Peeled Unshiu mandarin oranges were pretreated with acid and alkali in the conventional manner and 250 g of the segment was packed into a No. 4 (Japan Agricultural Standard, 74.1 mm in diameter and 113 mm in height) can together with 200 g of a syrup made of 20% sucrose and 20% glucose, fructose and liquid sugar in which 0.75% of β-cyclodextrin had been dissolved. The can was sealed, heated at 82° C. for 20 minutes and cooled to give a canned mandarin orange pack. As controls, a canned product without any anti-clouding agent, a product with 0.002% (based on syrup) of methylcellulose and a product with 0.05 unit/ml (based on syrup) of hesperidinase were also prepared.
These mandarin orange packs were stored at room temperature for a month and each of the cans was opened and examined for the clarity of syrup. The clarity measurement was carried out in the following manner. A white sheet of paper was marked with a black dot (5 mm in diameter) and a transparent flat-bottomed glass column 25 mm in diameter was placed on the sheet in concentric relation with the black dot. Each syrup was poured into the glass column with the black dot being watched and the height (mm) of the body of liquid at which the black dot had just ceased to be visible was recorded and regarded as representing the clarity of the syrup. The clarity values thus found were 50 mm in the case of the blank control (no additive), 110 mm for the methylcellulose group and 150 mm for the hesperidinase group. The value for the β-cyclodextrin group was more than 200 mm, evidencing the excellent cloud prevention effects of the method of this invention.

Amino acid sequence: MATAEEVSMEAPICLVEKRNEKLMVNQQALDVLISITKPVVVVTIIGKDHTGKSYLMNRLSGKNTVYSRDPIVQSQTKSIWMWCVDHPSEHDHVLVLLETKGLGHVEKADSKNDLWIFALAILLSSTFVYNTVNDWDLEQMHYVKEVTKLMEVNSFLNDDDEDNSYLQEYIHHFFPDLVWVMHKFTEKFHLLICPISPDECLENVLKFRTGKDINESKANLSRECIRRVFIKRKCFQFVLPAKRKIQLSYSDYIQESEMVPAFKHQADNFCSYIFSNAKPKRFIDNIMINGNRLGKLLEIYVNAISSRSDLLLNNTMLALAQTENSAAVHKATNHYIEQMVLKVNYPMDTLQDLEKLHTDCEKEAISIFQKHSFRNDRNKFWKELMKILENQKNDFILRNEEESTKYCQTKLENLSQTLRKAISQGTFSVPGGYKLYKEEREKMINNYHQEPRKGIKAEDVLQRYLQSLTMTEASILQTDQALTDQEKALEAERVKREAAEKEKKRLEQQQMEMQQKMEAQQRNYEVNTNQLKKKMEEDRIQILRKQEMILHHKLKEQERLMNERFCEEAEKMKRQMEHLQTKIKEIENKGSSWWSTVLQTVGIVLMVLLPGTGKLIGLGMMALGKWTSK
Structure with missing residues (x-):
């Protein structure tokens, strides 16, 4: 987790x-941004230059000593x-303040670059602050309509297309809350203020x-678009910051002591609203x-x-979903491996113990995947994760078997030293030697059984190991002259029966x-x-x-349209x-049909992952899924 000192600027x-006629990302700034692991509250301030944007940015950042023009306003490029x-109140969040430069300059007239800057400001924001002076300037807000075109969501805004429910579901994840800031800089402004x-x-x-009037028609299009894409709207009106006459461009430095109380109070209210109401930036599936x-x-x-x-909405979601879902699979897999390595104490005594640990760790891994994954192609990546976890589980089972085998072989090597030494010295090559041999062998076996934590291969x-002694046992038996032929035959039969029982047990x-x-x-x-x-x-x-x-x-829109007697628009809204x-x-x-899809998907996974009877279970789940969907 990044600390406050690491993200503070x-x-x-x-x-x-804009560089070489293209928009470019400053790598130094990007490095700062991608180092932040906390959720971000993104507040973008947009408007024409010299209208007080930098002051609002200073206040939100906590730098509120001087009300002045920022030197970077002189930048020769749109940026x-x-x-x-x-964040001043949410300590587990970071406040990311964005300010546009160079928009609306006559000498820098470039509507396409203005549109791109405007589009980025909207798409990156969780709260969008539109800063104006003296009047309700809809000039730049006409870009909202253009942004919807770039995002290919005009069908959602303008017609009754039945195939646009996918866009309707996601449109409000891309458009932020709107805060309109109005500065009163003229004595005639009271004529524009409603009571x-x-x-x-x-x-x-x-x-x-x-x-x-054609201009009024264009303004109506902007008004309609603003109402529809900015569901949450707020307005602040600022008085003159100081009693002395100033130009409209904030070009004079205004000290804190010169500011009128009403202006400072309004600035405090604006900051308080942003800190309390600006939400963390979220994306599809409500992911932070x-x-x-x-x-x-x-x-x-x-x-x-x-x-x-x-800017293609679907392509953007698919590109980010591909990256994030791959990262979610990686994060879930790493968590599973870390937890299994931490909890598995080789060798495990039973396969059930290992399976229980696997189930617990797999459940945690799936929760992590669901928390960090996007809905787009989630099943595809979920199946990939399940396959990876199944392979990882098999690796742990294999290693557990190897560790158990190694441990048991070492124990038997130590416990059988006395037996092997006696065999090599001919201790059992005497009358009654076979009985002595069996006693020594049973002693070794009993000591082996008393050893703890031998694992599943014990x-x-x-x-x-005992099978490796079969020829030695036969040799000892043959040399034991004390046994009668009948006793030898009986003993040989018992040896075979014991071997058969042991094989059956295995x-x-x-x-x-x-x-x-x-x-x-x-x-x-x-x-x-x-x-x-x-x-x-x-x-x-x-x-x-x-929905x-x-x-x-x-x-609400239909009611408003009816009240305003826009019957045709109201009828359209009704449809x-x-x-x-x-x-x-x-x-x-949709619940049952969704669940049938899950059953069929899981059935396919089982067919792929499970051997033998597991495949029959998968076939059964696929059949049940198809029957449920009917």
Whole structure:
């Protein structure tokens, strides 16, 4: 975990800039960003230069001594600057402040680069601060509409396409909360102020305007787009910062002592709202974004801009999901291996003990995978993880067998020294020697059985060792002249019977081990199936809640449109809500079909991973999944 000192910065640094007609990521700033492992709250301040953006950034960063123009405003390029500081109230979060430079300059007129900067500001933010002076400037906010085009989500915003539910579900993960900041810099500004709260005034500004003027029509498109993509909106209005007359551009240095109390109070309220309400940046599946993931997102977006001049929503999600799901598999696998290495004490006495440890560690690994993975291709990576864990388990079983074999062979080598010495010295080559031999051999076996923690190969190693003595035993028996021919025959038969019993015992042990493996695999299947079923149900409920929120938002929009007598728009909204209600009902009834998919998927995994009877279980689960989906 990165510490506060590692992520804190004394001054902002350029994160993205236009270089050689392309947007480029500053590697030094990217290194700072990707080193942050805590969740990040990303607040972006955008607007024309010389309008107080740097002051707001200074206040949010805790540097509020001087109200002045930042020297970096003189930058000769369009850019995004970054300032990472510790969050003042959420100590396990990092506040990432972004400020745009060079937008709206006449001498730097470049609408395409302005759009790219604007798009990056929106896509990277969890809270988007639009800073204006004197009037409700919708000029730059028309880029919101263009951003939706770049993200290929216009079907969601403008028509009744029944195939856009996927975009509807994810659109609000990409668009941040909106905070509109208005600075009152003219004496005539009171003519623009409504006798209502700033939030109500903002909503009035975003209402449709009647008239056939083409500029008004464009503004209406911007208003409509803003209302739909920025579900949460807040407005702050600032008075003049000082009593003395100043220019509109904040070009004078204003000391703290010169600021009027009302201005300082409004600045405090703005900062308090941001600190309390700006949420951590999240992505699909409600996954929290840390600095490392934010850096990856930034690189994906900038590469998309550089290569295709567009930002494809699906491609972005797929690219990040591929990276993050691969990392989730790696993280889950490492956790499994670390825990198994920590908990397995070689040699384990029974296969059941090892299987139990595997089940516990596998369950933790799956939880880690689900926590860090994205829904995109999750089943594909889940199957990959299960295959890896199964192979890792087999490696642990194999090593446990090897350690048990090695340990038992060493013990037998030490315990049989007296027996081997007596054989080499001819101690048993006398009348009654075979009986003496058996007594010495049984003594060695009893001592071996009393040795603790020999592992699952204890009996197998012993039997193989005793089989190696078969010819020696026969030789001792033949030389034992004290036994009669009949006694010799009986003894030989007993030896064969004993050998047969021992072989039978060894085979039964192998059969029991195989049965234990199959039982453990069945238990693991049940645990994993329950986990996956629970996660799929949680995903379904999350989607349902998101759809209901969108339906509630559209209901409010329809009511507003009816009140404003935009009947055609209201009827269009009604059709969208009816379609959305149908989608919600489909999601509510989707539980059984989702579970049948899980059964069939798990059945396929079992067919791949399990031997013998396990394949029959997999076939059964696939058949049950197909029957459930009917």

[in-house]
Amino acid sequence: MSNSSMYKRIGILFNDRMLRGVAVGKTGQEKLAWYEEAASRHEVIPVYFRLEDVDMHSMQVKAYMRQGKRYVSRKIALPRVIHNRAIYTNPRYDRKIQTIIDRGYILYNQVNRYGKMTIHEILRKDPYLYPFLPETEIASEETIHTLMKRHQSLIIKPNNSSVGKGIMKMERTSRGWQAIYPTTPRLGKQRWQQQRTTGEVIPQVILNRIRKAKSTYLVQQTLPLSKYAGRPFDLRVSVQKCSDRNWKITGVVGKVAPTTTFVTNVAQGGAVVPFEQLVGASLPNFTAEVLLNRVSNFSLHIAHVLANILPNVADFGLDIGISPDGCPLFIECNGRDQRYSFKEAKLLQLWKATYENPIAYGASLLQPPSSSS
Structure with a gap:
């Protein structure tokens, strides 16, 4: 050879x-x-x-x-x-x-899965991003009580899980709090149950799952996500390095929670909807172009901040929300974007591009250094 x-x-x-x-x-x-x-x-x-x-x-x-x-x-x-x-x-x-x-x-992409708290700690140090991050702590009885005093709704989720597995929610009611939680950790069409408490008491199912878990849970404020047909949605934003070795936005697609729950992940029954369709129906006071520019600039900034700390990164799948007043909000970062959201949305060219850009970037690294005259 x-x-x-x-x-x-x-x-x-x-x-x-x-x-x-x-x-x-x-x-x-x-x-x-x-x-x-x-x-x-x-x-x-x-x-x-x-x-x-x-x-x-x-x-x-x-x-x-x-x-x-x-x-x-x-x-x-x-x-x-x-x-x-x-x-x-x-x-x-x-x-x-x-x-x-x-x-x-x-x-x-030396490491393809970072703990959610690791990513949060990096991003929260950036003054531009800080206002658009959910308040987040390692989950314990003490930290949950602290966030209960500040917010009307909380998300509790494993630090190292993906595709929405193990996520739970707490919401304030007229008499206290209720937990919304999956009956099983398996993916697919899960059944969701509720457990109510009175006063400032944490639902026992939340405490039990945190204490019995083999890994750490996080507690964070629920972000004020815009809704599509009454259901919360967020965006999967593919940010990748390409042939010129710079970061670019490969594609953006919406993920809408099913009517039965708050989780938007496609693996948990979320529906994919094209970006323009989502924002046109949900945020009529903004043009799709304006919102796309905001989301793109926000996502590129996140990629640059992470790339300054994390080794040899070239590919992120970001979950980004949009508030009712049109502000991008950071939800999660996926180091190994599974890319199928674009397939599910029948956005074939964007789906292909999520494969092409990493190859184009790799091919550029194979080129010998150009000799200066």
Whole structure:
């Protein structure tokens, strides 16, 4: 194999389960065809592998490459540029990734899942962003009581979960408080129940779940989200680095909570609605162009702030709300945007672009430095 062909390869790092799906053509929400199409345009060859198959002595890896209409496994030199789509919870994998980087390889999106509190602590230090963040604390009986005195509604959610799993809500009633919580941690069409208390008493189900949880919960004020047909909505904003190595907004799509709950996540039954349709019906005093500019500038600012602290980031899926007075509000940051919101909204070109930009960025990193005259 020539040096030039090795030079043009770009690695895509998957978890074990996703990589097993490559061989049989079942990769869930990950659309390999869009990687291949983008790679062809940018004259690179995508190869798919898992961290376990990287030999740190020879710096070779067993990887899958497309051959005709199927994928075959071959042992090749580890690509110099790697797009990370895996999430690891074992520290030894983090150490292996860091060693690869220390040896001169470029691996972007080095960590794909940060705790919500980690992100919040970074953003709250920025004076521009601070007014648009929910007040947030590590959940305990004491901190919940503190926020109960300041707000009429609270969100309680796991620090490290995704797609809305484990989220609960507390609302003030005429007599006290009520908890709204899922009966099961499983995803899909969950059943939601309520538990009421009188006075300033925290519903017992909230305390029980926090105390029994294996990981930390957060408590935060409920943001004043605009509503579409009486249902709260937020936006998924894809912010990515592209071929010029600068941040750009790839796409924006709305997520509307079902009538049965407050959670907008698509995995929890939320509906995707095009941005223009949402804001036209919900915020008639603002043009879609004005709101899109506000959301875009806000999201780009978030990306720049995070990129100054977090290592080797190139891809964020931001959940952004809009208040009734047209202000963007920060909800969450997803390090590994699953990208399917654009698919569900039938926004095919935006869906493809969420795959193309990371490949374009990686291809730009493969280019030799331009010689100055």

Peeled Unshiu mandarin oranges were treated with acid and alkali in the conventional manner and 250 g of the segments were put in a No. 4 can. To this can was added 200 g of a 40% syrup containing 1% (0.15% as a cyclodextrin-mixture consisting of α-cyclodextrin, β-cyclodextrin and γ-cyclodextrin) of a commercial crude preparation of cyclodextrin (trade name: Seldex CH-20, Nippon Shokuhin Kako K.K., Japan). The can was sealed and heated at 80° C. for 10 minutes to obtain a canned mandarin orange pack.
The above can was stored at 30° C. for 1 month, after which it was opened and examined for the clarity of the syrup and the amount of dissolved hesperidin in the syrup. The results are presented in Table 4.
TABLE 4______________________________________ Amount of dissolved Clarity (mm) hesperidin (mg %)______________________________________Control (no additive) 70 18Cyclodextrin added 185 25______________________________________ (Note) The clarity values are those obtained by the method set forth in Example 1.